What You Need To Know About the REAL ID Act

If you have been to the airport recently, you have probably seen signs advising of upcoming changes to the identification required to board an airplane. This is due to the REAL ID Act, the latest phase of which takes effect on January 22, 2018.

What is the REAL ID Act?

The REAL ID Act, passed by Congress in 2005, established minimum security standards for state-issued driver’s licenses and identification cards. It prohibits Federal agencies like the TSA from accepting licenses and ID cards from states that do not meet these standards.

Starting January 22, 2018, passengers living in states that are not yet compliant with REAL ID, or which have received an extension, will be required by TSA to show an alternative form of acceptable identification for domestic air travel.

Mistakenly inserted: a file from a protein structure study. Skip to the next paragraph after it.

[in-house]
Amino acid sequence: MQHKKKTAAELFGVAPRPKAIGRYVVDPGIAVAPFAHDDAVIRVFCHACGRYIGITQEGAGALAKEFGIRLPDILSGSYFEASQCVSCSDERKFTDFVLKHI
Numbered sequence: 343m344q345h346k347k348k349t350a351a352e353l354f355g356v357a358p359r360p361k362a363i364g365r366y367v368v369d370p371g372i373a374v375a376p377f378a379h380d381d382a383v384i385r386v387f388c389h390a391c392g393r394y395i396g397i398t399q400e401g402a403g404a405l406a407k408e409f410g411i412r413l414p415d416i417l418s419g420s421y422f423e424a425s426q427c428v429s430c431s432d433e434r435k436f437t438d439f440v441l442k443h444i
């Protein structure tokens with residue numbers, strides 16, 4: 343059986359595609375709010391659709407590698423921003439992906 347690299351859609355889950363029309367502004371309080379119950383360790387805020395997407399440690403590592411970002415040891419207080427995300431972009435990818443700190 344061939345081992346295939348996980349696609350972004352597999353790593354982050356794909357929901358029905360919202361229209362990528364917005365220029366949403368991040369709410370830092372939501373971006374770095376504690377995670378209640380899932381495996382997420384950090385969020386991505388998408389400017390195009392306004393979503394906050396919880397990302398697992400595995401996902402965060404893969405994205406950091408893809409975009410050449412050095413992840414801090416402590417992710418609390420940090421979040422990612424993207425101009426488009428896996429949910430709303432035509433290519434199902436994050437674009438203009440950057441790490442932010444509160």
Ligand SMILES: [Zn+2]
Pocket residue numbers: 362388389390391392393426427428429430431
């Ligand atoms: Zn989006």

Passengers who have licenses issued by a state that is compliant or a state that has an approved extension may continue to use their licenses as usual. At this time, all states are compliant, or have been issued an extension. A real-time view of this map is available at www.dhs.gov/real-id.

“Keep in mind, this change impacts adults, but nothing changes for minors. No child under the age of 18 should experience issues boarding a flight for a WorldStrides program,” explains Greg Hunt, Director of Air Operations. “And remember, a passport is still required for all citizens, regardless of age, for international travel.”

What if your state isn’t in compliance?

If your state is listed as one of the “under review” states, you will need another form of REAL ID Act-compliant government-issued ID, such as a passport. For a full list of accepted methods of identification, visit the TSA Identification page.

Learn more about the REAL ID Act here.